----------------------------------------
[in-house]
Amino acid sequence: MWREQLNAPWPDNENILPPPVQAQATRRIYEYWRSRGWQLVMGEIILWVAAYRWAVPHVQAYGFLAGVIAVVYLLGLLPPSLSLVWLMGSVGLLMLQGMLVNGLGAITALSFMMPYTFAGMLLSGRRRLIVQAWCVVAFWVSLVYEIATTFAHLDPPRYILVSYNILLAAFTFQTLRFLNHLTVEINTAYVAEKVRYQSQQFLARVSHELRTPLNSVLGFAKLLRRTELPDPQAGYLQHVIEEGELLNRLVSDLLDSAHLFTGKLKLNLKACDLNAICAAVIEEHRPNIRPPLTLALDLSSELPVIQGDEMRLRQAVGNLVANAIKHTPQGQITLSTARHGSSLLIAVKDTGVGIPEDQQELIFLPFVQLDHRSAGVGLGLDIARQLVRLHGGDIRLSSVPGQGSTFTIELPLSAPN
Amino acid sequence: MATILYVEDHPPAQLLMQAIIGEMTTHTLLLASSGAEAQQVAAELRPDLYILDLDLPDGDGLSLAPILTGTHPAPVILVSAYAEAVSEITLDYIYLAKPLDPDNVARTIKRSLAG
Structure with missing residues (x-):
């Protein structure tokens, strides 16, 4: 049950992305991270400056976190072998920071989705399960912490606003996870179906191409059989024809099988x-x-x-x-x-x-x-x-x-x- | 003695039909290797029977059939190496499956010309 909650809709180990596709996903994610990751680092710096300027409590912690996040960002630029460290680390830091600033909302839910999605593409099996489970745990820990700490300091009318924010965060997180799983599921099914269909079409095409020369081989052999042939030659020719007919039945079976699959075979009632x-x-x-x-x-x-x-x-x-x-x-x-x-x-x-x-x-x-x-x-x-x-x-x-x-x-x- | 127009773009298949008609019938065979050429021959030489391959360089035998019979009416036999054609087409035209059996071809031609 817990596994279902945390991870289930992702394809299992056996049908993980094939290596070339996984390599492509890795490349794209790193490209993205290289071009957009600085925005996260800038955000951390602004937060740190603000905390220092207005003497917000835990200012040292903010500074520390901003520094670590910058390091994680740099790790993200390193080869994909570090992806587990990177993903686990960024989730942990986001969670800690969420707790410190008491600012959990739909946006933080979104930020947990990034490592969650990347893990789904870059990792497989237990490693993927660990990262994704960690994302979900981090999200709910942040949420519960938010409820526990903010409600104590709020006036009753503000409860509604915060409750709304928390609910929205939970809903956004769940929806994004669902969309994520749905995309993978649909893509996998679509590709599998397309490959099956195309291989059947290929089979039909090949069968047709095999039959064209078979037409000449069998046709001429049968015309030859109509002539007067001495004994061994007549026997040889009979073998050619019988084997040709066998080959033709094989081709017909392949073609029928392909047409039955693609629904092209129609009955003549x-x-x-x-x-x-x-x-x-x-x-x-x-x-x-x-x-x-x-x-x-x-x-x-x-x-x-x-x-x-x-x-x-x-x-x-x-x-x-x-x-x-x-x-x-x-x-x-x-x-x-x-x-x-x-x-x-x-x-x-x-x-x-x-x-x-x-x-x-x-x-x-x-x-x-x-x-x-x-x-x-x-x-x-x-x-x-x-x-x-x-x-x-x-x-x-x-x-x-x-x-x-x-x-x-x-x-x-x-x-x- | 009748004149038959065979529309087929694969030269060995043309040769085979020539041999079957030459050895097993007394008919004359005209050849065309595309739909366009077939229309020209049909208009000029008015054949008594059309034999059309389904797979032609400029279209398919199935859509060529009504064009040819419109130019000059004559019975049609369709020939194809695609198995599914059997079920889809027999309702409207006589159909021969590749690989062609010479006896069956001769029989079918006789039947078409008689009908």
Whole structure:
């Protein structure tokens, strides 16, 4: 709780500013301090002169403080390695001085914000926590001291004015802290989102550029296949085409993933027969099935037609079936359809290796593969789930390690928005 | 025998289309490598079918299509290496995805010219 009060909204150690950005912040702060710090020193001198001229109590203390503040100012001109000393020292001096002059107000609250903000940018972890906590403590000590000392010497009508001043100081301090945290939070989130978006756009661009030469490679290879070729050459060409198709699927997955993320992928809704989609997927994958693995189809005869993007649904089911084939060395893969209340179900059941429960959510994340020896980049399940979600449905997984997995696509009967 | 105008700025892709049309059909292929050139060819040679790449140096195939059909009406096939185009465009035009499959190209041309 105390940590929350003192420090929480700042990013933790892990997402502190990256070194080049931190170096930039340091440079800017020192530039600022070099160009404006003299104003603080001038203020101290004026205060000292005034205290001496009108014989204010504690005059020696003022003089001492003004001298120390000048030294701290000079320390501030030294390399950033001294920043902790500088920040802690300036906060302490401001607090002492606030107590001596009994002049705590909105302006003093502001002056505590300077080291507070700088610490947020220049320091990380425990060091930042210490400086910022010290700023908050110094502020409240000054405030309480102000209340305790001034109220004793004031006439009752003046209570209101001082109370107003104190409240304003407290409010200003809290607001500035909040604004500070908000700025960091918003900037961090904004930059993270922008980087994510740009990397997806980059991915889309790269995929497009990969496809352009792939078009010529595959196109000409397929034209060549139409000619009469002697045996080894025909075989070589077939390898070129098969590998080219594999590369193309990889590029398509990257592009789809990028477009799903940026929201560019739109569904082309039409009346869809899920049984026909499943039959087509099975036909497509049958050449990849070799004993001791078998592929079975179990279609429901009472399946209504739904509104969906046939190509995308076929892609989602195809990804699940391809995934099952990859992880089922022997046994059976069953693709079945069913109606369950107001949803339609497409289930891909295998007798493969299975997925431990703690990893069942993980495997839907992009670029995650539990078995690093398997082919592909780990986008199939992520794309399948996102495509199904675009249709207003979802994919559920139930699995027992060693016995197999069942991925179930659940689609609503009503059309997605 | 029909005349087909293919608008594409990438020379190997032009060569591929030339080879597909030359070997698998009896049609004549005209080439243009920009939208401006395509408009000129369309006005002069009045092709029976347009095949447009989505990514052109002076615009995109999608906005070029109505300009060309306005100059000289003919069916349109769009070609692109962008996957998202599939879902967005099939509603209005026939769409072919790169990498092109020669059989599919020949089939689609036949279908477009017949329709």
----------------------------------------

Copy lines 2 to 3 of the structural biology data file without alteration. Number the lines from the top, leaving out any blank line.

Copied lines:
Amino acid sequence: MWREQLNAPWPDNENILPPPVQAQATRRIYEYWRSRGWQLVMGEIILWVAAYRWAVPHVQAYGFLAGVIAVVYLLGLLPPSLSLVWLMGSVGLLMLQGMLVNGLGAITALSFMMPYTFAGMLLSGRRRLIVQAWCVVAFWVSLVYEIATTFAHLDPPRYILVSYNILLAAFTFQTLRFLNHLTVEINTAYVAEKVRYQSQQFLARVSHELRTPLNSVLGFAKLLRRTELPDPQAGYLQHVIEEGELLNRLVSDLLDSAHLFTGKLKLNLKACDLNAICAAVIEEHRPNIRPPLTLALDLSSELPVIQGDEMRLRQAVGNLVANAIKHTPQGQITLSTARHGSSLLIAVKDTGVGIPEDQQELIFLPFVQLDHRSAGVGLGLDIARQLVRLHGGDIRLSSVPGQGSTFTIELPLSAPN
Amino acid sequence: MATILYVEDHPPAQLLMQAIIGEMTTHTLLLASSGAEAQQVAAELRPDLYILDLDLPDGDGLSLAPILTGTHPAPVILVSAYAEAVSEITLDYIYLAKPLDPDNVARTIKRSLAG